Repetitive Strain Injury: Definition & Types

Instructor: Amanda Robb
In this lesson we'll be learning about repetitive strain injuries. We'll go over what this injury is and common types including tendonitis, carpal tunnel syndrome, tenosynovitis and bursitis.

What Is a Repetitive Strain Injury?

How much time do you spend at the computer each day? For many of us, it could be nearly the entire day. Have you ever felt soreness in your wrists that comes with hours of typing? Although it usually goes away with rest, for some people the stress of keeping the hands engaged at the computer or other repetitive tasks can turn into a repetitive strain injury (RSI). Repetitive strain injuries are injuries that result from repeating a motion over and over.

Although hand RSIs are a common type, RSIs also frequently occur in other parts of the upper body such as the elbows and shoulders. Sometimes they can also occur in joints in the lower body, such as ankles, knees or hips. RSIs arise from overuse. People who work with vibrating equipment, or do repetitive movements such as construction workers, factory workers, or athletes are all at risk for RSIs.

Carpal Tunnel Syndrome

Place a finger just below the crease in your wrist. Open and close your fist. Do you feel something moving? The long, firm tubes that become more prominent as your manipulate your hand are tendons. These line the bottom of a passage called the carpal tunnel in your wrist. On the other three sides of this passage are the carpal bones. The space in the middle is called the carpal tunnel. Your median nerve runs through the carpal tunnel from your shoulder to your wrist. It is what allows nerve signals to move between the brain and hand.

During repetitive movement, such as twisting a screwdriver, sewing, typing, or any activity that uses the fingers, the tendons become enlarged and can press on the medial nerve.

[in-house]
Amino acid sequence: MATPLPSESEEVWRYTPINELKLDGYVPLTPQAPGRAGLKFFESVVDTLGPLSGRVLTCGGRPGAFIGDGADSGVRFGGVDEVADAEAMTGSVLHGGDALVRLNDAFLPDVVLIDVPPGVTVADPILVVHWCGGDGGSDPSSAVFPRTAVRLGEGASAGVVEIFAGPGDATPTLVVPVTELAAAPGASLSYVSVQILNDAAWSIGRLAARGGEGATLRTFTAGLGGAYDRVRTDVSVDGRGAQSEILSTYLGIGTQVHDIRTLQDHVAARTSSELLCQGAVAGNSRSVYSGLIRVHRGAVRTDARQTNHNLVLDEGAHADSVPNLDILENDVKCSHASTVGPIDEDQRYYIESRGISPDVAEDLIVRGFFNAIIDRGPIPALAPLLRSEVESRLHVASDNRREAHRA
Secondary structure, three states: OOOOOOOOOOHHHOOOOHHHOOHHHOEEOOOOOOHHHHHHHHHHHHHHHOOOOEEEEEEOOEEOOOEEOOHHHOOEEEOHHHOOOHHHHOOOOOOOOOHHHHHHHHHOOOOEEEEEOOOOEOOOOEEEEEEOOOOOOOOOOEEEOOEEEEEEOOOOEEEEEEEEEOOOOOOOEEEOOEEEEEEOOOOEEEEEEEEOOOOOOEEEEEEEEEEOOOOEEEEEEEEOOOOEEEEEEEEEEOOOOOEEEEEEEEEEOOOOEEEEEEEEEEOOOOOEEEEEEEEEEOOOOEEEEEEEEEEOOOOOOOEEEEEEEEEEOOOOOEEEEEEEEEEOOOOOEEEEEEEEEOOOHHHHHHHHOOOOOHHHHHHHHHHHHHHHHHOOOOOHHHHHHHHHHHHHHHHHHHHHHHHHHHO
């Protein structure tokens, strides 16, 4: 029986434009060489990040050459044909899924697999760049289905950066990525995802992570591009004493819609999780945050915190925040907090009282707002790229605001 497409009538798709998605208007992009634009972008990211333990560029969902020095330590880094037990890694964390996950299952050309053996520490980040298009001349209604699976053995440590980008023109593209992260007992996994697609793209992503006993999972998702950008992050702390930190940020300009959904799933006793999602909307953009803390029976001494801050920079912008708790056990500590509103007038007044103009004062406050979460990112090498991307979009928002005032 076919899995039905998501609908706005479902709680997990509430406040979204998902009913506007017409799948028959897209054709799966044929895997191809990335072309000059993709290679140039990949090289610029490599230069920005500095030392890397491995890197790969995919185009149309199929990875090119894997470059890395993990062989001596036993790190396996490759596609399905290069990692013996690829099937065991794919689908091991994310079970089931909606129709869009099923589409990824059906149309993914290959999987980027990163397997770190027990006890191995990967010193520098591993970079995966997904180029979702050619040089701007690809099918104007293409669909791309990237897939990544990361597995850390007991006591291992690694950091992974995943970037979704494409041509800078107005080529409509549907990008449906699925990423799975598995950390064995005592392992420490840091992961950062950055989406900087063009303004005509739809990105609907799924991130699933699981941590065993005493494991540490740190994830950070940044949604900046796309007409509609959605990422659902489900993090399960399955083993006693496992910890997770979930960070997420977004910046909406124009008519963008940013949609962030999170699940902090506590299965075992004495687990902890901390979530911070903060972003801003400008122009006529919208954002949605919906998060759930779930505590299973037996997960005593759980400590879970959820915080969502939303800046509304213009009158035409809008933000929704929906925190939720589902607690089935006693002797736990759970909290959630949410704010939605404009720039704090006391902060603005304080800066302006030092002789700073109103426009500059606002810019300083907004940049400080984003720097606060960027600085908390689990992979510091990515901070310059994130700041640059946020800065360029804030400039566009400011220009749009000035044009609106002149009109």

Carpal tunnel syndrome is caused by compression of the median nerve
carpal tunnel syndrome

The more the repetitive movement is done, the more narrow the carpal tunnel becomes and the more the nerve becomes irritated and compressed. This condition is known as carpal tunnel syndrome. In the early stages patients may experience the numbness, tingling and pain in the hand and forearm. But, without reprieve from the repetitive movement it can turn into decreased range of motion and even complete locking of the fingers and thumb.


Sometimes carpal tunnel syndrome can turn into tenosynovitis. The tendons in the wrist and ankle are coated in thick coverings called sheaths to protect them. Since the sheaths are in constant contact with the tendons, they produce a lubrication that allows them to glide past each other seamlessly. However, with repetitive movement the sheaths can't keep up with the lubrication demands and eventually the sheaths start to grind on the tendons. Movement becomes painful and the hand actually creaks as it moves. If left untreated the tendons and sheaths can scar permanently.


Tendons exist all over our body connecting muscle to bone, not just in our hands. Similarly, repetitive movement in any joint can cause inflammation of the tendons, called tendonitis. Let's look at an example.

Julie is a painter and often spends entire days with her right arm overhead painting people's houses. She's a pro and has been doing this job for about ten years. However, recently she started having a dull pain in her shoulder, particularly when she is painting with her arm overhead. She notices herself subconsciously keeping her arm lower to reduce the pain. When she presses on the shoulder it hurts more. Julie goes to a doctor and he diagnoses her with rotator cuff tendonitis.

The rotator cuff is a group of tendons connected to muscle and bone in the shoulder. They allow for arm movement. When the arm is held in an overhead position, or moved in a repeated motion over and over, such as tennis swings, the tendon can become inflamed and painful. Rotator cuff tendonitis is common and can be treated by stopping the offending activity, ice, taking anti-inflammatory drugs, and doing physical therapy.

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